PubMed Link to Article
D'Amelio  RPalmisano  LLe Moli  SSeminara  RAiuti  F Serum and salivary IgA levels in normal subjects: comparison between tonsillectomized and non-tonsillectomized subjects. Int Arch Allergy Appl Immunol 1982;68 (3) 256- 259
PubMed Link to Article
Béné  MCFaure  GCHurault de Ligny  Bde March  AK Clinical involvement of the tonsillar immune system in IgA nephropathy. Acta Otolaryngol Suppl 2004; (555) 10- 14
PubMed
Béné  MCHurault De Ligny  BKessler  MFaure  GC Confirmation of tonsillar anomalies in IgA nephropathy: a multicenter study. Nephron 1991;58 (4) 425- 428
PubMed Link to Article
Xie  YChen  XNishi  SNarita  IGejyo  F Relationship between tonsils and IgA nephropathy as well as indications of tonsillectomy. Kidney Int 2004;65 (4) 1135- 1144
PubMed Link to Article
Yamabe  HSugawara  TNakamura  MShimada  M Involvement of tonsils in IgA nephropathy. Acta Otolaryngol Suppl 2004; (555) 54- 57
PubMed
Hotta  O Tonsillectomy combined with steroid pulse therapy: a curative therapy for IgA nephropathy. Acta Otolaryngol Suppl 2004; (555) 43- 48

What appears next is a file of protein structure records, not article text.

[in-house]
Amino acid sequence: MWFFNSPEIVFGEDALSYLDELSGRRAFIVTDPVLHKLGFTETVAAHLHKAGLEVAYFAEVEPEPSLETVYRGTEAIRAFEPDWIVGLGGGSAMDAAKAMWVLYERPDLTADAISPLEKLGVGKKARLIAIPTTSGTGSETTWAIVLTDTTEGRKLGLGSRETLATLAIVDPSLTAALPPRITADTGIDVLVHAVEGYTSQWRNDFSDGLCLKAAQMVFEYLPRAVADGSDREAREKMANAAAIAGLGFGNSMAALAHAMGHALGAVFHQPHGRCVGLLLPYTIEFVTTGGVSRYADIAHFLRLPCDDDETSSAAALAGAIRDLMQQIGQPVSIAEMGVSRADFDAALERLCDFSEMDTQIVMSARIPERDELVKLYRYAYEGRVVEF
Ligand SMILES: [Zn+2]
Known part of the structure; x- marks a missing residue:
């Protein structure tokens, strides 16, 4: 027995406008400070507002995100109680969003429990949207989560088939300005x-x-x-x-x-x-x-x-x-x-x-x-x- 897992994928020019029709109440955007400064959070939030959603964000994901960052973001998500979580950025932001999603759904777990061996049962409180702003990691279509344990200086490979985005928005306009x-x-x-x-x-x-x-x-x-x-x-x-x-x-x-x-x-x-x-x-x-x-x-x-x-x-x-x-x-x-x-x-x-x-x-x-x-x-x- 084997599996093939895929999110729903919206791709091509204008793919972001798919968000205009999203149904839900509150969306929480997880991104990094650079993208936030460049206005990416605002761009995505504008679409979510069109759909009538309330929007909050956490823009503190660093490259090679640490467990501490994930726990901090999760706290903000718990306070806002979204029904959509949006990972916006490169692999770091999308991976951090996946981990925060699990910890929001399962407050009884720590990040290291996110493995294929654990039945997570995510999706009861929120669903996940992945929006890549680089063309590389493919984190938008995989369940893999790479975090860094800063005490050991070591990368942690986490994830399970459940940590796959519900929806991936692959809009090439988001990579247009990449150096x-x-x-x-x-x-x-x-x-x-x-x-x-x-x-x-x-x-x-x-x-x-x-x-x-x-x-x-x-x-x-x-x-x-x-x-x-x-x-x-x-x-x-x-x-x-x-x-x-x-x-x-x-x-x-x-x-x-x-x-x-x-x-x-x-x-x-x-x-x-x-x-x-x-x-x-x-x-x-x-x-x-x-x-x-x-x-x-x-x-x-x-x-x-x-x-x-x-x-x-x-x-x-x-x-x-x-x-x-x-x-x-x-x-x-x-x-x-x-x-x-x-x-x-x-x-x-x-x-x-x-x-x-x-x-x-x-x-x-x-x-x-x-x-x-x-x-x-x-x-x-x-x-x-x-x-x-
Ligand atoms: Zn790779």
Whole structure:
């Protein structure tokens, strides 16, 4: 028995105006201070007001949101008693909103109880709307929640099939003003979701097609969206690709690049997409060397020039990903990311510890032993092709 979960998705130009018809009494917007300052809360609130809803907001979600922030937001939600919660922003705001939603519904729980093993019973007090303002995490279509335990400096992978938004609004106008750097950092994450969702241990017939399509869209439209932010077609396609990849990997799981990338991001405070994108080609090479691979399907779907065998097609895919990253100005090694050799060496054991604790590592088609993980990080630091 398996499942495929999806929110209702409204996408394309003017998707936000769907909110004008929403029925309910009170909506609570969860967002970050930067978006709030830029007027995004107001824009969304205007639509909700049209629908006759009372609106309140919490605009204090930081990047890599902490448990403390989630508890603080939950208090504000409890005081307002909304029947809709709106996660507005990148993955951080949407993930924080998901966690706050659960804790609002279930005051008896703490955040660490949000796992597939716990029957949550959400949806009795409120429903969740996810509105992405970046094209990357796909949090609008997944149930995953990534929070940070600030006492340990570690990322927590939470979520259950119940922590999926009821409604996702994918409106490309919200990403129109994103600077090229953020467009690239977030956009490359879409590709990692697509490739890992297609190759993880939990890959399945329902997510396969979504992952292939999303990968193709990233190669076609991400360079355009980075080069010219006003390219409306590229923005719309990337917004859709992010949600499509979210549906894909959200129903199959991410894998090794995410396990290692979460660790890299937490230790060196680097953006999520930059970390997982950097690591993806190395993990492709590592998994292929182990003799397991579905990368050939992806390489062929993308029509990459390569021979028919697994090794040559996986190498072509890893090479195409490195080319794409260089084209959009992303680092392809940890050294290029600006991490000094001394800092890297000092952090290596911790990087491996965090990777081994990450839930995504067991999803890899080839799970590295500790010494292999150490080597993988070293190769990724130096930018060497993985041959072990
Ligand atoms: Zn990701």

PubMed
Rasche  FMSchwarz  AKeller  F Tonsillectomy does not prevent a progressive course in IgA nephropathy. Clin Nephrol 1999;51 (3) 147- 152
PubMed

Figures

Place holder to copy figure label and caption
Figure.

Immunofluorescent staining reveals the deposition of IgA immune complexes in the glomerulus.

Graphic Jump Location

Tables

Table Graphic Jump LocationTable. Clinical Characteristics of Study Patients

References

Berger  JHinglais  N Les depots intercapillaires d’IgA-IgG. J Urol Nephrol (Paris) 1968;74 (9) 694- 695
PubMed
D’Amico  G The commonest glomerulonephritis in the world: IgA nephropathy. Q J Med 1987;64 (245) 709- 727
PubMed
Julian  BAWaldo  FBRifai  AMestecky  J IgA nephropathy, the most common glomerulonephritis in the world: a neglected disease in the United States? Am J Med 1988;84 (1) 129- 132
PubMed Link to Article
Donadio  JVGrande  JP IgA nephropathy. N Engl J Med 2002;347 (10) 738- 748
PubMed Link to Article
Kodama  SSuzuki  M Tonsillectomy as part of the treatment for IgA nephropathy: cooperation between nephrologists and otolaryngologists. Clin Exp Nephrol 2007;11 (3) 258- 259
PubMed Link to Article
Schena  FP A retrospective analysis of the natural history of primary IgA nephropathy worldwide. Am J Med 1990;89 (2) 209- 215
PubMed Link to Article